Reasons, causes and identity

Journal of Medical Ethics 44 (1):70-71 (2018)
  Copy   BIBTEX


In their book Identity, Personhood and the Law,1 authors Charles Foster and Jonathan Herring seek, among other things, to show that the law is based on overly simplistic assumptions about the nature of personal identity. In their Author Meets Critics précis, they summarise the main contentions of the book on this issue. Difficulties in the law’s simplistic approach are, they claim, exposed when we think about people with dementia, ‘where [in advanced cases] I may turn into a person with no apparent continuity at all with my own self’ and where: > X2 will simply inhabit a body composed of some of the same cells as belonged to X1. Deep brain stimulation ‘may similarly transform ‘my’ attributes to such an extent that it seems false to continue to talk about ‘me’ at all.’ Other examples, including cases of patients suffering severe anorexia or who have fallen into a permanent vegetative state, are given. All of them ‘call into question the atomistic, billiard-ball model of identity used by the law and by our uninterrogated intuitions.’ The authors’ approach is to begin with these and a number of other examples and raise several philosophical and ethical issues. They then discuss the issues and develop principles which they apply to the same examples at the end of the book. In this commentary, I cannot do justice to all the claims and challenges to the law the authors make in their rich and highly recommended book. I will focus only on the issue of personal identity and their remarks about the simplistic assumptions made by the courts on this issue. Although my comments will not always be in agreement with theirs, these remarks should be taken …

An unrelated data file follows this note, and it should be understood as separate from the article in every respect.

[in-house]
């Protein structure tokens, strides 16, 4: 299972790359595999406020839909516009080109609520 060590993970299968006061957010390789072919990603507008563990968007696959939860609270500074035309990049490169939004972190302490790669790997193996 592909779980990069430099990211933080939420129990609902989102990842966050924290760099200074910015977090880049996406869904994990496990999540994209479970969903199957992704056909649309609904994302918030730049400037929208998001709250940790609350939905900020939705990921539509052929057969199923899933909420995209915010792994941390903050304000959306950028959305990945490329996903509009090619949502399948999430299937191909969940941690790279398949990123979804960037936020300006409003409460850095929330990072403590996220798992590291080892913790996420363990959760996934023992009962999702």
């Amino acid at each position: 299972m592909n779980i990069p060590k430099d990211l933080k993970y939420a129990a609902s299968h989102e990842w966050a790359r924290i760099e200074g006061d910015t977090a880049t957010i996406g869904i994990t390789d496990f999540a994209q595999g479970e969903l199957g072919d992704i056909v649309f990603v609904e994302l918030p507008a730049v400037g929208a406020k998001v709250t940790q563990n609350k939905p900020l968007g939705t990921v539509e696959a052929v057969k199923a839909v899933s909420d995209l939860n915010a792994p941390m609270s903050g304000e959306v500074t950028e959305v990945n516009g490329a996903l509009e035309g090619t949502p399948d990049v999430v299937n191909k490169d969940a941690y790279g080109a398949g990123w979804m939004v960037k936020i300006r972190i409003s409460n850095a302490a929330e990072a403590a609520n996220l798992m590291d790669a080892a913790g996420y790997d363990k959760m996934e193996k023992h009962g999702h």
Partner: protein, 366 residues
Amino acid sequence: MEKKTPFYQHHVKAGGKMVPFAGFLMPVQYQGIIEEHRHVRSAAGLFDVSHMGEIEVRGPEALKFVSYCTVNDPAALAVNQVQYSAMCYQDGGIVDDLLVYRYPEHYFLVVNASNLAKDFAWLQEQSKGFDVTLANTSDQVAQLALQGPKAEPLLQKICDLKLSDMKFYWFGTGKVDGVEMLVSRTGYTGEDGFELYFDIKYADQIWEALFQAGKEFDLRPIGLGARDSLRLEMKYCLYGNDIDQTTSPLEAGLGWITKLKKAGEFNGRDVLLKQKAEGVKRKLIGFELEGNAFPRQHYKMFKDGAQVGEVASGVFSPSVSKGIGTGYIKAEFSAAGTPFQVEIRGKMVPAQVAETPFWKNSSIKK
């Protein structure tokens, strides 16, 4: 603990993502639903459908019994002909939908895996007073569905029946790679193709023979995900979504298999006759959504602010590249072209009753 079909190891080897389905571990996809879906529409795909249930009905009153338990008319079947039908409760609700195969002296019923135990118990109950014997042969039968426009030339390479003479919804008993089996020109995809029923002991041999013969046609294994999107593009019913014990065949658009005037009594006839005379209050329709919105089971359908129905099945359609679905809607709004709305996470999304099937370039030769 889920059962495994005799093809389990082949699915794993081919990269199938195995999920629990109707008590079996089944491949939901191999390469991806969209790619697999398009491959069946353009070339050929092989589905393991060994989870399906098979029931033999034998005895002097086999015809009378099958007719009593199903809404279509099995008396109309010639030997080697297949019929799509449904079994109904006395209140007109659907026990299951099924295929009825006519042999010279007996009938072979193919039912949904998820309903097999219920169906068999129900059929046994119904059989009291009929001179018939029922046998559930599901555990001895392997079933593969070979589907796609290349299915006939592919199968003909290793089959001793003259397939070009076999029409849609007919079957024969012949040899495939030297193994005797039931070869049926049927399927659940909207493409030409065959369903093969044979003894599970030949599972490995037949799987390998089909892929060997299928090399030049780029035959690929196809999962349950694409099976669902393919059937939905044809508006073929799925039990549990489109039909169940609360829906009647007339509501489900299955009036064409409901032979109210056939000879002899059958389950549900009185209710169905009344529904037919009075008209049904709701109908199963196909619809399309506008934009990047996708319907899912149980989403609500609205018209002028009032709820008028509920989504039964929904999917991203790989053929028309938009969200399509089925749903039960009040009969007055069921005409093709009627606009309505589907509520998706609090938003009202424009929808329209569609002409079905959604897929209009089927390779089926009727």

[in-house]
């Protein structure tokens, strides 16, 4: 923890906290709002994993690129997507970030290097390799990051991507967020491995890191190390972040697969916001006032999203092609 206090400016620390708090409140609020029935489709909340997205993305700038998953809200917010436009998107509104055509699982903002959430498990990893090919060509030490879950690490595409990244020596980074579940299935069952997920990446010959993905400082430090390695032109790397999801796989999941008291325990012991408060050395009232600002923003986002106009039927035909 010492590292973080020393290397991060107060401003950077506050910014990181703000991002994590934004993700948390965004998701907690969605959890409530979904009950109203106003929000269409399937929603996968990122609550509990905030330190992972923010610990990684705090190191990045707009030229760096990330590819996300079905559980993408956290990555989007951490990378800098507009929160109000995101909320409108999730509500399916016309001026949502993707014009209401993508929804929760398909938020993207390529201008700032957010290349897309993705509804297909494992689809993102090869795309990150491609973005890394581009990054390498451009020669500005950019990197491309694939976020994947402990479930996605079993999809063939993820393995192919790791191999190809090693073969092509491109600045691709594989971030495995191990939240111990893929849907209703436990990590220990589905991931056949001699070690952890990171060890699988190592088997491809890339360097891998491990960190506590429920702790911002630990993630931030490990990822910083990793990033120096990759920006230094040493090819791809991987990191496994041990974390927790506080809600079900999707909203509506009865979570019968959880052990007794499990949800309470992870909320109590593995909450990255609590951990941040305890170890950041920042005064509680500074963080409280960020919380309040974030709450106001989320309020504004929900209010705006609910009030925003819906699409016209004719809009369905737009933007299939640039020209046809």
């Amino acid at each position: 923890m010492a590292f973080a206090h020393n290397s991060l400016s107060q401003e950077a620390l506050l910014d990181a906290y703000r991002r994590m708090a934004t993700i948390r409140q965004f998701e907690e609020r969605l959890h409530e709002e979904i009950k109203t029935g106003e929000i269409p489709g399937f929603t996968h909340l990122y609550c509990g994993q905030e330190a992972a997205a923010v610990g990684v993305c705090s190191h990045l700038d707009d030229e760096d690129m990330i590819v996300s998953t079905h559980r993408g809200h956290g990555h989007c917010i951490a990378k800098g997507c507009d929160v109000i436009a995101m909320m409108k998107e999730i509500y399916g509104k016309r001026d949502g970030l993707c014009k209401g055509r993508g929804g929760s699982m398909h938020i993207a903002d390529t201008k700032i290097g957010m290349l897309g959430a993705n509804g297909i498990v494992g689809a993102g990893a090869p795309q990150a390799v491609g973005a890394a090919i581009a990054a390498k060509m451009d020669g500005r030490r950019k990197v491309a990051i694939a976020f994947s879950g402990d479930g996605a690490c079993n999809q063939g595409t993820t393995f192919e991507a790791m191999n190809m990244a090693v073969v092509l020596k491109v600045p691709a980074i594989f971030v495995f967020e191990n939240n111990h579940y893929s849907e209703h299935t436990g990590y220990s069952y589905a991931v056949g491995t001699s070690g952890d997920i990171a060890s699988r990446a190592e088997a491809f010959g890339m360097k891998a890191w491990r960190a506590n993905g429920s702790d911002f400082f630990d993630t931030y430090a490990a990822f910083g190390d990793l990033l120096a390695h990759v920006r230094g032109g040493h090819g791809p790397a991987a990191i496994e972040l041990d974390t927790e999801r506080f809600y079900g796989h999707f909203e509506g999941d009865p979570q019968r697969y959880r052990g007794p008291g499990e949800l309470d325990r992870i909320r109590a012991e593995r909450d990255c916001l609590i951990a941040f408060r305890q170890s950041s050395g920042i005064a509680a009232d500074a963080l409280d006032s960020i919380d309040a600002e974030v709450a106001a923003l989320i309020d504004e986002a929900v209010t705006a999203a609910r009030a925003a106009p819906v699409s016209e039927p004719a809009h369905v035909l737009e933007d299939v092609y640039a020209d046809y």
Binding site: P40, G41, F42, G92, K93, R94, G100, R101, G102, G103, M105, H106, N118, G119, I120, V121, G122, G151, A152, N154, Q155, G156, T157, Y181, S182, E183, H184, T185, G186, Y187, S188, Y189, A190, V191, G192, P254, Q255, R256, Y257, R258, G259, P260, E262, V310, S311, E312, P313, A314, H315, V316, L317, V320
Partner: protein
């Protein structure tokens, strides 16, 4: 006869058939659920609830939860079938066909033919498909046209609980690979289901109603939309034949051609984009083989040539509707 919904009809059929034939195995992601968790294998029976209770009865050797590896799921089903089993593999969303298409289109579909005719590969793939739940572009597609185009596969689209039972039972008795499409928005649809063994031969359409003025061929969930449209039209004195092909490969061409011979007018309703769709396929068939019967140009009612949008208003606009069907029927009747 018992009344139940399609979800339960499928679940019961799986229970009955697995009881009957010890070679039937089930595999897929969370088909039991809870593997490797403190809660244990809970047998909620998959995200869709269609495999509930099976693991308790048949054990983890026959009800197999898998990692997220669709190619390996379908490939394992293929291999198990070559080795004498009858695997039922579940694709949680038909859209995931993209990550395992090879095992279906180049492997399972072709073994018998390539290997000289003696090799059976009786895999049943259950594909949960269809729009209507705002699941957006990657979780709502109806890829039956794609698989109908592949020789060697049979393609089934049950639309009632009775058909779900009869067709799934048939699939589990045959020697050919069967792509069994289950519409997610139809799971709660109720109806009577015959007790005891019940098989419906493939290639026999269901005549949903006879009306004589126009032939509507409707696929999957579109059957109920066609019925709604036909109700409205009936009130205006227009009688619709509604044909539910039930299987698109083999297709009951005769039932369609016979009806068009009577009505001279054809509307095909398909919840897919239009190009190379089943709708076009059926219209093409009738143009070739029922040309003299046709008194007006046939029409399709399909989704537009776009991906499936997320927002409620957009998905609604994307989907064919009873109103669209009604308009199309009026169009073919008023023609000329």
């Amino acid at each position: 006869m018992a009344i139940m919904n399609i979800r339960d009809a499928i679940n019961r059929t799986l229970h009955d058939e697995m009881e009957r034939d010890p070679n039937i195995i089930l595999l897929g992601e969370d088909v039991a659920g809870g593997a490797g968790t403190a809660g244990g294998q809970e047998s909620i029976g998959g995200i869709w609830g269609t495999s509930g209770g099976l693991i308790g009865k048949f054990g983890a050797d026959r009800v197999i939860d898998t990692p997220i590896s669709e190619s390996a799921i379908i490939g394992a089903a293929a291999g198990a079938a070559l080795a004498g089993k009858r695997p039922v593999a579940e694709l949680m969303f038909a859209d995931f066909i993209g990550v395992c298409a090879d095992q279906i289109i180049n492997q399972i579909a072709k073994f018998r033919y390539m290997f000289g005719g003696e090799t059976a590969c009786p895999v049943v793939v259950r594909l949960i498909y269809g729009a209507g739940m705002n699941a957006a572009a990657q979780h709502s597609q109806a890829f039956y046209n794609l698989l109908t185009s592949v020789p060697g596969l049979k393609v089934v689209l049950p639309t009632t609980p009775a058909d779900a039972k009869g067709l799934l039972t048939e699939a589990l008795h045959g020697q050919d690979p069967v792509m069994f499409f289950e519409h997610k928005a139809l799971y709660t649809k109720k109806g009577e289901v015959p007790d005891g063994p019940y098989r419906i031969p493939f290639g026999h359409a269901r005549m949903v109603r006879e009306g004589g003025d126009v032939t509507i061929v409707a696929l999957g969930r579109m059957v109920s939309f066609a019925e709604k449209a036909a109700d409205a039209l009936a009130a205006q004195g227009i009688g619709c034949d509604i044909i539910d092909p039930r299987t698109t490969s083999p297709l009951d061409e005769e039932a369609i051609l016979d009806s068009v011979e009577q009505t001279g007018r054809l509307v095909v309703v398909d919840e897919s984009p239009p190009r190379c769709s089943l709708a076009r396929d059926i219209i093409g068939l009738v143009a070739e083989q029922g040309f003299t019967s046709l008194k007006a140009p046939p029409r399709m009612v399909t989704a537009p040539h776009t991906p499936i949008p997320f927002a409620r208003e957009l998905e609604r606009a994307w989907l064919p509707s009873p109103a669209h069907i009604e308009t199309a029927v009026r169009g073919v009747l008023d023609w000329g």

Upload a copy of this work     Papers currently archived: 93,642

External links

Setup an account with your affiliations in order to access resources via your University's proxy server

Through your library

Similar books and articles

Reasons, causes and identity.Andrew McGee - 2017 - Journal of Medical Ethics Recent Issues 44 (1):70-71.
The Role of the Brainstem in Personal Identity.Eric T. Olson - 2016 - In Andreas Blank (ed.), Animals: New Essays. Munich: Philosophia.
Personal identity and brain transplants.Paul F. Snowdon - 1991 - In Human Beings. New York: Cambridge University Press. pp. 109-126.
Identity, Personhood and the Law.Charles Foster - 2017 - Cham: Imprint: Springer. Edited by Jonathan Herring.
The unimportance of identity.Derek Parfit - 1997 - In H. Harris (ed.), Identity. Oxford University Press. pp. 13-45.
Personal Identity and Reidentification.Adeleke Segun Adeofe - 1991 - Dissertation, University of California, Los Angeles


Added to PP

8 (#517,646)

6 months
22 (#694,291)

Historical graph of downloads
How can I increase my downloads?

Citations of this work

Identity, personhood and the law: a response to Ashcroft and McGee.Charles Foster & Jonathan Herring - 2017 - Journal of Medical Ethics Recent Issues 44 (1):73-74.

Add more citations

References found in this work

We Are Human Beings.Andrew McGee - 2016 - Journal of Medicine and Philosophy 41 (2):148-171.
Identity, personhood and the law: a response to Ashcroft and McGee.Charles Foster & Jonathan Herring - 2017 - Journal of Medical Ethics Recent Issues 44 (1):73-74.
Best interest determinations and substituted judgement : personhood and precedent autonomy.Andrew McGee - 2014 - In Charles Foster, Jonathan Herring & Israel Doron (eds.), The law and ethics of dementia. Portland, Oregon: Hart Publishing.

Add more references